There are many more writers’ groups, both national, international, and in your local area. I encourage you to look into them to see what they have to offer.

Besides writers’ groups, Book Faires and events are a great way to get to know other people in your author community. The more you participate, the more your circle of will grow.

Online and Facebook Groups offer another way of relating to those in your field and well and an opportunity to gather fans. Some groups allow you to advertise your work, where others are strictly for conversations about elements of craft. Try NIWA FANS AND FRIENDS to get started.

Once you begin to look for and engage with your author community, the possibilities open up exponentially. Good luck! And thanks for reading.


Thank you for following the NIWA Blog Tour. Let’s do it again soon!

Check out this week’s other participating NIWA blogsites:

About Mollie Hunt: Native Oregonian Mollie Hunt has always had an affinity for cats, so it was a short step for her to become a cat writer. Mollie Hunt writes the Crazy Cat Lady cozy mystery series featuring Lynley Cannon, a sixty-something cat shelter volunteer who finds more trouble than a cat in catnip, and the Cat Seasons sci-fantasy tetralogy where cats save the world. She also pens a bit of cat poetry.

Mollie is a member of the Oregon Writers’ Colony, Sisters in Crime, the Cat Writers’ Association, and NIWA. She lives in Portland, Oregon with her husband and a varying number of cats. Like Lynley, she is a grateful shelter volunteer.

You can find Mollie Hunt, Cat Writer on her blogsite: www.lecatts.wordpress.com

Amazon Page: www.amazon.com/author/molliehunt

Facebook Author Page: www.facebook.com/MollieHuntCatWriter/

@MollieHuntCats

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Reading to Impact Your Writing: Writing Books, Inspirations, and Beyond by Joyce Reynolds-Ward

This is the fifth in a six-week blog tour series for the Northwest Independent Writers’ Association. You can catch up with them at https://www.niwawriters.com/.


Generally, when the discussion about reading to impact your writing begins, many people’s thoughts turn toward writing references and guides. That’s good for a beginning. But reading books about writing mechanics, process, and the like should not be the only things you read as a writer. Part of developing yourself as a writer includes expanding your reach as a reader—after all, growth arises in many ways, and reading something for the purposes of growing your awareness of style, idea usage, and the like. Picking up a challenging new book in a genre you don’t normally read can often provide insights on your own writing. Or reading a favorite author’s journal or memoir about writing process may help you past your own struggles. It all really depends on what resonates with you. Here are some of my favorites.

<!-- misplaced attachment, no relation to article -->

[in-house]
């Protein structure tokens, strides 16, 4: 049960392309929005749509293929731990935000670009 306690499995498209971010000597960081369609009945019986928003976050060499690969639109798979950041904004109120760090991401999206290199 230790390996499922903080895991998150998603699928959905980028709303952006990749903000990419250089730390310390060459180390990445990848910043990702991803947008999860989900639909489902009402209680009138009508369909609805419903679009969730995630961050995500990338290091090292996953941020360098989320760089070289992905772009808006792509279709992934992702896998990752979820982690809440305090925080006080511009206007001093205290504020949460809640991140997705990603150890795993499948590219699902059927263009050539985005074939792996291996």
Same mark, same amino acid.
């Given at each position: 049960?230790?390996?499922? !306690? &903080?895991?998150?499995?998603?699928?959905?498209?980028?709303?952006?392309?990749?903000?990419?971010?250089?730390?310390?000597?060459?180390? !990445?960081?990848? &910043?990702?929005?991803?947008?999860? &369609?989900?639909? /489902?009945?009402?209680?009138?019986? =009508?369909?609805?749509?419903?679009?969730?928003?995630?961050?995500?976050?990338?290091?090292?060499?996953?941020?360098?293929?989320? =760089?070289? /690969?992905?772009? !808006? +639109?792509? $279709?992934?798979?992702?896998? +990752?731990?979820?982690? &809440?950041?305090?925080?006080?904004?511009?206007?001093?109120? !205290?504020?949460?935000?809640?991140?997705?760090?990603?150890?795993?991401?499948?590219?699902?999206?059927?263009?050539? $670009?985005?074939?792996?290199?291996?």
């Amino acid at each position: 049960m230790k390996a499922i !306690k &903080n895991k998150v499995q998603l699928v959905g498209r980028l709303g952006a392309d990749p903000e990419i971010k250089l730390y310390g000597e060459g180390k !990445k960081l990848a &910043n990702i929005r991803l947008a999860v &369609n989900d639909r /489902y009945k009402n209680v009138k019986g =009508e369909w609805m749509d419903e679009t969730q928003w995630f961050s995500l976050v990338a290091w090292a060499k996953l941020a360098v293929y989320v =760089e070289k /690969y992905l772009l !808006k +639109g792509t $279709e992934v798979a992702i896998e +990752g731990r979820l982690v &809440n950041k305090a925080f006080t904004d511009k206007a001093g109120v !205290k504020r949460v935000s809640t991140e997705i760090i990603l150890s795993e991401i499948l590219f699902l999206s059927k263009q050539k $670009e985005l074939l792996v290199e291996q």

For myself, reading journals, letters, and memoirs/autobiographies (not biographies!) of my favorite authors has been a good source of writing inspiration and development. I was an early fan of John Steinbeck, thanks to one of my high school teachers. As a result, one of the earliest writer reads that has stuck with me over the years is John Steinbeck’s Journal of a Novel: The East of Eden Letters. While writing East of Eden, Steinbeck would start every writing day with a short letter to his editor and friend Pascal Covici. It was part of his warmup process and a means of separating from daily concerns to developing the focus needed for the day’s work. In a similar vein is Working Days: The Journals of the Grapes of Wrath and Steinbeck: A Life in Letters. Because Steinbeck often used letter writing as a tool for warming up, his letters frequently reflect not only what was going on in his life at the moment but what was happening with his writing process—a valuable insight into the struggles that all writers have.